Cardinal Health image from http://www.centralohioabc.org/
Cardinal Health has agreed to pay $26.8 million to resolve charges it illegally monopolized 25 local markets for the sale and distribution of low-energy radiopharmaceuticals and forced hospitals and clinics to pay inflated prices for these drugs, according to the Federal Trade Commission.
This represents the second largest monetary settlement the FTC has scored in an antitrust case.
The money will be deposited into a fund for distribution to injured customers, according to the FTC. The proposed order is subject to court approval.
The order also includes provisions to prevent future violations and restore competition in six markets where Cardinal remains the dominant radiopharmacy.
Dublin, Ohio-based Cardinal Health specializes in the distribution of pharmaceuticals and medical products. It owns the nation's largest chain of radiopharmacies, which sell and distribute drugs known as low-energy radiopharmaceuticals, according to the FTC. These radiopharmaceuticals are used by hospitals and clinics to diagnose a range of medical conditions, including heart disease. Due to the short half-life of the radioactive isotopes used in these drugs, hospital and clinics rely on radiopharmacies located nearby, resulting in highly localized markets.
As alleged in the FTC complaint, between 2003 and 2008, Bristol-Myers Squibb and General Electric Co., which acquired Amersham in 2004, were the only U.S. manufacturers of heart perfusion agents used to perform heart stress tests.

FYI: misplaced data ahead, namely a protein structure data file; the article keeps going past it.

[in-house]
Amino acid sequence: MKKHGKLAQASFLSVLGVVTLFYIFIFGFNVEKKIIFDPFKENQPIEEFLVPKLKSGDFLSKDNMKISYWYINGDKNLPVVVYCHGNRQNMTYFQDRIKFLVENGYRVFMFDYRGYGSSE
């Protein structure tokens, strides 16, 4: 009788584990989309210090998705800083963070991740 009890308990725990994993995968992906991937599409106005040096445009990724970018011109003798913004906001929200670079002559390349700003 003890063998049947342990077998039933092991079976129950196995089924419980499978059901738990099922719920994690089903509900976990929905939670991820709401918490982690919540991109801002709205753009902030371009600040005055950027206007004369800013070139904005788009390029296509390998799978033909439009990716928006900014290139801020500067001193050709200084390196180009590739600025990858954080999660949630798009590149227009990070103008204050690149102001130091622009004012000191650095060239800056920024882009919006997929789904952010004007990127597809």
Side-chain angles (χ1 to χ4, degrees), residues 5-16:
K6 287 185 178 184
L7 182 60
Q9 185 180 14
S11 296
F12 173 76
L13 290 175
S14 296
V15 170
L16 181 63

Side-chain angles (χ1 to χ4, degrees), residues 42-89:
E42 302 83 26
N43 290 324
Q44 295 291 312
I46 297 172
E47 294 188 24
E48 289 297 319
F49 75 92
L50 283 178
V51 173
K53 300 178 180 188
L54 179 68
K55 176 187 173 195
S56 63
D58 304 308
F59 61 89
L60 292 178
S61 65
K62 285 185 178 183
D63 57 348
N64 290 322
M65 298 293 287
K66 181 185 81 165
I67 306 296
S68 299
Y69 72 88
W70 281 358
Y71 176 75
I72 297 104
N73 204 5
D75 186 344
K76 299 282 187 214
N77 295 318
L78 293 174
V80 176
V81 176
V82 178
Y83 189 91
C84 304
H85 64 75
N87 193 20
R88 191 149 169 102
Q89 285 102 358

According to the FTC's complaint, between 2003 and 2008, Cardinal employed various tactics to coerce and induce both BMS and GE to refuse to grant distribution rights for their respective HPA products to new competitors in the relevant markets.
As a result, the complaint alleges that Cardinal obtained exclusive distribution rights to the only HPAs available on the market and prevented numerous potential entrants from gaining access to these radiopharmaceuticals.
Cardinal violated the FTC Act in monopolizing the sale and distribution of radiopharmaceuticals in 25 markets ranging from Albany, N.Y. to cities in West Virginia, North Carolina, South Carolina, Alabama, Tennessee, Florida, Indiana, Mississippi, Kentucky, Arkansas, Missouri Nebraska, Oklahoma, Kansas, Texas and Washington, according to the complaint.
Cardinal's anticompetitive tactics included, according to the complaint, cancelling, and threatening to cancel, Cardinal's current or future purchases of the manufacturers' radiopharmaceutical products; threatening to switch, and actually switching, customers from BMS's Cardiolite to GE's Myoview in the relevant markets to pressure BMS to abandon plans to license Cardiolite to new competitors; threatening to compete, and offering to forego competing, against BMS as a generic HPA manufacturer; and conditioning Cardinal's future relationship with GE in the radiopharmaceutical industry on GE's refusal to grant Myoview distribution rights to new competitors in the relevant markets.
"We have reason to believe that Cardinal, by preventing other radiopharmacies from entering its markets, was able to deny customers the benefits of competition and reap monopoly profits from the sale of radiopharmaceuticals for a sustained period of years," said FTC Chairwoman Edith Ramirez. "In addition to obtaining important injunctive relief to restore lost competition and prevent future misconduct, the settlement ensures that Cardinal disgorges the monopoly profits it obtained and that affected customers get relief."